By Anton Ressel, Senior Consultant and Director
There is a quote by Thabo Mbeki I’ve always resonated with. Mostly for its simple and undeniable message, but also because so few seem to actually get it.
“We can’t treat the matter of black economic empowerment as just the redistribution of existing wealth. It really has to focus on new investment, on growth, on development of employment and so on,” says our former president, an erudite, if a tad ineffectual, man.
In recent times, when the topic of economic empowerment of the historically marginalised comes up, it’s been about land expropriation and redistribution. Take it from those who have enjoyed an unfair share of the pie for too long and give it to those who have been excluded. The part about economic inclusiveness through growth is left out all too often.
The problem with this is that ultimately nobody wins, especially our frail economy. Whether we
are talking about land, wealth, contracts, access to education or healthcare, history shows that taking from one group of citizens and giving to another, whether under the guise of socialism, communism, democracy or any other political or economic model, is inherently doomed to failure. It’s not difficult to see why – redistribution makes investors twitchy, which results in capital flight, stalled foreign investment and an altering of the status quo that can take years to stablise. The widespread retrenchments in mining and related sectors are just one example.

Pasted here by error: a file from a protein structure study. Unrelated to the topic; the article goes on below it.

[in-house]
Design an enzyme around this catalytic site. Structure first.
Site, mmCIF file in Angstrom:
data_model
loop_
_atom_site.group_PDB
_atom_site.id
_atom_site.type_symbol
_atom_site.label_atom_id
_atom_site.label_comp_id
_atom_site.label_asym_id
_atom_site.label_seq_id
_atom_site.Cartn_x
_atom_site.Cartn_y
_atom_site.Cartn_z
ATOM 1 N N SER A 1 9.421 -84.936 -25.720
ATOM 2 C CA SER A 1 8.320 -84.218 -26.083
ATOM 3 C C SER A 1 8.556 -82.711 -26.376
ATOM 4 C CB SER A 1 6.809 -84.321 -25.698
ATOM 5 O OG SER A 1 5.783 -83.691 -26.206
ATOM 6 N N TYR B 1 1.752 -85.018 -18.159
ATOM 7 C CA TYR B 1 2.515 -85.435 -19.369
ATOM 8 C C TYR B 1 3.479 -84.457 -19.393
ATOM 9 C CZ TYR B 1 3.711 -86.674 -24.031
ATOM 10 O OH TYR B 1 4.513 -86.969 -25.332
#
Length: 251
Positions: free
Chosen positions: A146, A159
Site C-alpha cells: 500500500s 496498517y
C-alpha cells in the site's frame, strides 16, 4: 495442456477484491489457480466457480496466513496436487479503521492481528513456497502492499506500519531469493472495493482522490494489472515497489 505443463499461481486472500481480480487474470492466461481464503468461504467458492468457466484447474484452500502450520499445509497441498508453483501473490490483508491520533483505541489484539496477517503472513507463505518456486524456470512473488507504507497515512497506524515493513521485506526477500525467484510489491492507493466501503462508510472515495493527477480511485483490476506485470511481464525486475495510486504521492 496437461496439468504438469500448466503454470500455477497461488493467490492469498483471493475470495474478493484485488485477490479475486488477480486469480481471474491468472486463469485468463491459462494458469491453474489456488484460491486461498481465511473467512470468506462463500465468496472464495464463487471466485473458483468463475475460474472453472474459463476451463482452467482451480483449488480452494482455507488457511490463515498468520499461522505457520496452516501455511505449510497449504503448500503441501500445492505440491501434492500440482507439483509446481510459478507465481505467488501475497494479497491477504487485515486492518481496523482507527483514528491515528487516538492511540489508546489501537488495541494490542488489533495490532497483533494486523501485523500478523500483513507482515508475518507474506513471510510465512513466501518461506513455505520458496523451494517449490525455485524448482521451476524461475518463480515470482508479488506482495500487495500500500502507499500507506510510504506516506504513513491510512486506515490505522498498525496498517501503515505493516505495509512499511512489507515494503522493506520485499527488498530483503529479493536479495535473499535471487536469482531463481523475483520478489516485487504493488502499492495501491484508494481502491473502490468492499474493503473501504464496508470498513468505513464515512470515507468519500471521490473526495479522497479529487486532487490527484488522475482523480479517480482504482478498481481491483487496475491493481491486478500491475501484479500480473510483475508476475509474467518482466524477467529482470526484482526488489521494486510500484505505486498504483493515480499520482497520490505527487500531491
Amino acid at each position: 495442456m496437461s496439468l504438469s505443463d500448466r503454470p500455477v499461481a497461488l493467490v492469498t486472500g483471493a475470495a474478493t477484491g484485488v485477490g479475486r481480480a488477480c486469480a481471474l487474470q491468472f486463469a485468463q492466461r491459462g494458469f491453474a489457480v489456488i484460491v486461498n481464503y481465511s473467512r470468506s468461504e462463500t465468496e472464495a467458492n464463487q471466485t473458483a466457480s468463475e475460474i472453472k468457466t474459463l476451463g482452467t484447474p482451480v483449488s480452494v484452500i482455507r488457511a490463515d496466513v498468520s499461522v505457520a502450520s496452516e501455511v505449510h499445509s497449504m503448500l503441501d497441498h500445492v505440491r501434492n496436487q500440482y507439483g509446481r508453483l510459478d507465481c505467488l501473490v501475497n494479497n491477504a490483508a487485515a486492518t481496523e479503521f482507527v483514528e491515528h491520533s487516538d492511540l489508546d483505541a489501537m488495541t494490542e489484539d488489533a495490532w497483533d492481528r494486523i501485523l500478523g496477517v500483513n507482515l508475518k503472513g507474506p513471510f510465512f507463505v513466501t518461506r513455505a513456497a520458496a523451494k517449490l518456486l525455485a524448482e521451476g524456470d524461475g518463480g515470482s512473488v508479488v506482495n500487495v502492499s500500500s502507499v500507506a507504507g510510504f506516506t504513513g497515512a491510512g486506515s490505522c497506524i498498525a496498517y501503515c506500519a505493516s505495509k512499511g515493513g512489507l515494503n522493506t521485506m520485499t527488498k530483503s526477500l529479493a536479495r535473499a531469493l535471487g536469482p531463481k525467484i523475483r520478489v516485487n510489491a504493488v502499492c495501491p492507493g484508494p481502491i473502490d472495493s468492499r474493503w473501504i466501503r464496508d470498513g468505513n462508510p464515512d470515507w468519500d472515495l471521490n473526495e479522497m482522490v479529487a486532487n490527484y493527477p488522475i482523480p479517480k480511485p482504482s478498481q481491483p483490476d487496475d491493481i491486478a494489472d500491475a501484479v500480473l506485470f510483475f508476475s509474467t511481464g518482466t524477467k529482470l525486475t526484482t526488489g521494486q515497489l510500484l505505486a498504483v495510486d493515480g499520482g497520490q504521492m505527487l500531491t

Certainly, other factors have contributed to this reality, but only the most partisan observer would say that talk of nationalisation of the mines, relentless union pressures and the increasingly bullish ownership demands as espoused in the much-maligned Mining Charter (put forward by Mosebenzi Zwane) have had no role to play on our shrinking mining sector. Traditionally, this has been the absolute backbone of our economy.
Nobody can deny that the way wealth is distributed in our country needs to change. Too many people are trapped in a poverty cycle that also ensnares their kids and grandkids. However, only a growth mindset can make this a reality. In other words, we need a bigger pie.
The good news is that we have the blueprint. The National Development Plan and several other economic stimulus strategies, incorporating B-BBEE and increased participation of marginalised citizens in our economy, provide the direction we need to kickstart our flagging growth. We currently spend millions, if not billions, on BEE and SED initiatives – so let’s be circumspect and make sure our money is being spent wisely and for maximum impact.
We must invest in programmes and funds that deliver results, not just BEE points. We must make sustainable BEE central to our strategy, not just ticking a box. We must work together to create an environment that encourages investment and treats business as the answer, not the enemy.
Our time is now for genuine, selfless cooperation and implementation across all sectors. If we can find each other, pool our resources and put our country first, I believe our potential is limitless.
Words like redistribution are great tools at the ballot box, but counterproductive if one is trying to build a winning nation. Thabo Mbeki was right – we need to grow the pie because a big pie will feed us all.